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Building in hazardous areas

If you are building in a hazardous area, there may be additional considerations.

The Tasmanian Government is developing guidelines for building in a number of different types of hazardous areas including:

You can find information about whether your property may be affected by any hazards by looking at www.iplan.tas.gov.au.

The requirements for building in areas affected by natural hazards are changing during 2017.

The changes will take effect at the same time as the new Tasmanian Planning Scheme in each municipal area. This process is expected to commence in the first municipal areas in late 2017.

The requirements set out in the Building Act 2000 and the Building Regulations 2014 will continue to apply until then.

For more information see Fact Sheet - Building requirements for hazardous areas (transitional provisions) (pdf, 195.3 KB)

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Building in landslip-prone areas

Large areas of land in Tasmania are subject to slope instability and landslides have destroyed about 60 houses in the last 50 years.

The financial cost to owners and the community has been high.

Some problem areas have been declared under State legislation to be declared landslip areas.

These areas have been classified as either A or B landslip areas, with the A area posing the most risk. In the declared areas there are restrictions placed on what types of buildings can be constructed and what types of building work, or other activities may be carried out on that land. This includes a ban on the removal of vegetation.

These restrictions are found in the Building Act 2000 and Building Regulations 2014 .

Mineral Resources Tasmania has produced maps which can provide information on landslides and other geo-hazards.

Many Tasmanian planning schemes contain restrictions for use and development in landslip hazard areas.  Details of these planning restrictions, as well as maps of landslip hazard areas, are available at www.iplan.tas.gov.au.

The Australian Building Codes Board have developed the Landslide Hazards Handbook (2nd Edition 2015).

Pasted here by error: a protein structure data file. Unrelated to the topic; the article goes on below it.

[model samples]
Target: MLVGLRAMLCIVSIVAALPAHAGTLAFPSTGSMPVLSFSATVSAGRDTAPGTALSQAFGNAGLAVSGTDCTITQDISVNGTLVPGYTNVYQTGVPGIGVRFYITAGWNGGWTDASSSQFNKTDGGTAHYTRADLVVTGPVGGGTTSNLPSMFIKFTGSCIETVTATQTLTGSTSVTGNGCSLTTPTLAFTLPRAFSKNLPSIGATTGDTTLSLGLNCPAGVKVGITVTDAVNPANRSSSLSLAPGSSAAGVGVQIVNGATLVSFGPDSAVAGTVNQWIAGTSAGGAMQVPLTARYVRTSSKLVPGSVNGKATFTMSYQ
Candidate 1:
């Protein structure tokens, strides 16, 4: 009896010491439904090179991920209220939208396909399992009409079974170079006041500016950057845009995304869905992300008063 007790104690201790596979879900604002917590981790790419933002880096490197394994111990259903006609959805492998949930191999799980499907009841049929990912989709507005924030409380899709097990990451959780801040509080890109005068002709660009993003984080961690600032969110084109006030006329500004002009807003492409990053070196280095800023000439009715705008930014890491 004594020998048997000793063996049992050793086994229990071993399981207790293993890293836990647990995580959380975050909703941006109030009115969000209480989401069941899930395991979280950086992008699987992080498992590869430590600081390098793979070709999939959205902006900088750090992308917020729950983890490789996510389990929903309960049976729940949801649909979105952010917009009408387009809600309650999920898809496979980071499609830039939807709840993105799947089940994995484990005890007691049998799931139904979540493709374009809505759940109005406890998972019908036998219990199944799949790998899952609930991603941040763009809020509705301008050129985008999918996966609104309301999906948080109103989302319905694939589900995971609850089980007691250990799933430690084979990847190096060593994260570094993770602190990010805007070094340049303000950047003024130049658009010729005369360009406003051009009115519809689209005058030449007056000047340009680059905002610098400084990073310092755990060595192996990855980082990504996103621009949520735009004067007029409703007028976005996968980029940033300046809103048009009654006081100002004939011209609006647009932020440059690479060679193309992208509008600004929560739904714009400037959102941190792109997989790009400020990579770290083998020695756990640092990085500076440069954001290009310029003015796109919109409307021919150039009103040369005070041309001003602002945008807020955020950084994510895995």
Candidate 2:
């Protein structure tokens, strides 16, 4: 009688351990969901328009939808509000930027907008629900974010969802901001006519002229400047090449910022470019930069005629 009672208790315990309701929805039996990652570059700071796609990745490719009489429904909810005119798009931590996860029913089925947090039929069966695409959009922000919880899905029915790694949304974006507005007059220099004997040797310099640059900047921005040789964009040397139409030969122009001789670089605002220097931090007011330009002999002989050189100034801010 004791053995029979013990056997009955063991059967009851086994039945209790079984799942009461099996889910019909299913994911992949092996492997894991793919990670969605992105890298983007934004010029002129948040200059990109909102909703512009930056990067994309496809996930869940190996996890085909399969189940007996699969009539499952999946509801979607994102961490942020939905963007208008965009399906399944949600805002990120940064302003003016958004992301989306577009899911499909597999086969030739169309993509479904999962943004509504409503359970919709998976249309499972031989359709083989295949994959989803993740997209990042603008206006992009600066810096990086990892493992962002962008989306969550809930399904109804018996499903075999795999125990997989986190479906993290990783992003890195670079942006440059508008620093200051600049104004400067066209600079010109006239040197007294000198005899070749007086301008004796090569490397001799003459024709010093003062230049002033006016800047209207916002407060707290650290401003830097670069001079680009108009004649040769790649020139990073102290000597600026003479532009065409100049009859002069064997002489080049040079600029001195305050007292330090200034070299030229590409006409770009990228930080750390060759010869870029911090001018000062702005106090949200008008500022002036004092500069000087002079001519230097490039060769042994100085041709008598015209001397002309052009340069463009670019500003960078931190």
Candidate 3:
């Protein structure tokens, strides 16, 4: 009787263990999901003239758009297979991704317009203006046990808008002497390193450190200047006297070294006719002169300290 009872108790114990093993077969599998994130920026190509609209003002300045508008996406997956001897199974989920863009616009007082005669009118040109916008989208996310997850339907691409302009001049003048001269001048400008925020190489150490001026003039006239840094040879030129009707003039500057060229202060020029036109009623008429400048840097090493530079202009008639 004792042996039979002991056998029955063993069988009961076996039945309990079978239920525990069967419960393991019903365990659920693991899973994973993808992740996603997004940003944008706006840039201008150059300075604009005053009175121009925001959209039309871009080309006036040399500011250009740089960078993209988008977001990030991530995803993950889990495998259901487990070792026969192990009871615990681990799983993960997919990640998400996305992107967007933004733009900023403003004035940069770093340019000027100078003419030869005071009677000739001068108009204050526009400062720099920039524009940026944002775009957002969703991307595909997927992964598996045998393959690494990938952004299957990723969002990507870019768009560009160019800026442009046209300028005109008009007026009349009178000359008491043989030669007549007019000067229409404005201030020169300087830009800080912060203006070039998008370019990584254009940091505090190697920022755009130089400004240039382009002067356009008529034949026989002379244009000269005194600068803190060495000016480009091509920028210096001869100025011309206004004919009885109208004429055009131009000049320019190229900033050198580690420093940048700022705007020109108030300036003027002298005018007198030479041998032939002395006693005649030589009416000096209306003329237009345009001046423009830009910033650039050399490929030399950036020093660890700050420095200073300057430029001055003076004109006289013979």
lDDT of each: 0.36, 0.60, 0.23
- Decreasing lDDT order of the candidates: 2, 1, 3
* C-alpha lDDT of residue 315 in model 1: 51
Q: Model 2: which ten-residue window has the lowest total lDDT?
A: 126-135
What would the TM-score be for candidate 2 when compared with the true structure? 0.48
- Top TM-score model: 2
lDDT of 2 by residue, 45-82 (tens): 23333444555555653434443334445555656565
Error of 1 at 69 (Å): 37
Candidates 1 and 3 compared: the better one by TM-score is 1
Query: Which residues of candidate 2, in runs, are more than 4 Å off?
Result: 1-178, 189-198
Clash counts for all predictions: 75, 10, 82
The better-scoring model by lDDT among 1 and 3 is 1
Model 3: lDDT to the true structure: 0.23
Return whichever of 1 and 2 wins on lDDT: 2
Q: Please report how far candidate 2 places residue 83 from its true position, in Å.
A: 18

Building in flood hazard areas

Flood damage to your home or business premises can be devastating. If land is known to be prone to flooding, the design of a proposed building must comply with additional restrictions.

To find out the flood risk in your area, check the following sources:

  • www.iplan.tas.gov.au
  • The Local Council may also have adopted a recent flood report and map for an area not included in the Regulations
  • Council planning schemes may indicate which areas are flood prone
  • Council staff or elected members may have local knowledge of when flooding occurred in the past.  Also ask neighbours or people who live in the area
  • Local newspapers, libraries or community history centres may have access to records of previous flooding
  • Insurance companies that conduct business in the area

Construction standards

The legal requirements for building in an area that is subject to flooding is that the floor level of any habitable room must be 300mm or more above the designated flood level for that land.  The 'designated flood level' is:

  1. the flood level that has a 1% probability of being exceeded in any one year (for a watercourse flood plain mapped or reported on); or
  2. 600mm above ground level or the highest known flood level (for those areas not mapped); or
  3. 600mm above the ordinary high-water mark for a spring tide (for land subject to tides).

Building in bushfire-prone areas

If you are building in a bushfire-prone area, there are special requirements for the design, construction or alteration of certain types of buildings.

Am I in a bushfire-prone area?

Your land is most likely to be in a bushfire-prone area if you have unmanaged vegetation (including grass) greater than 1 hectare in area within 100 metres of your building site.

The risk to a habitable building from that vegetation will need to be assessed before new building work is permitted.

What types of buildings can be affected?

Special construction standards apply to these types of buildings:

  • a residential house or unit, whether detached or not (Class 1a)
  • guest house style tourist accommodation (Class 1b)
  • flats, units or townhouses with sole occupancy units situated one above the other (Class 2)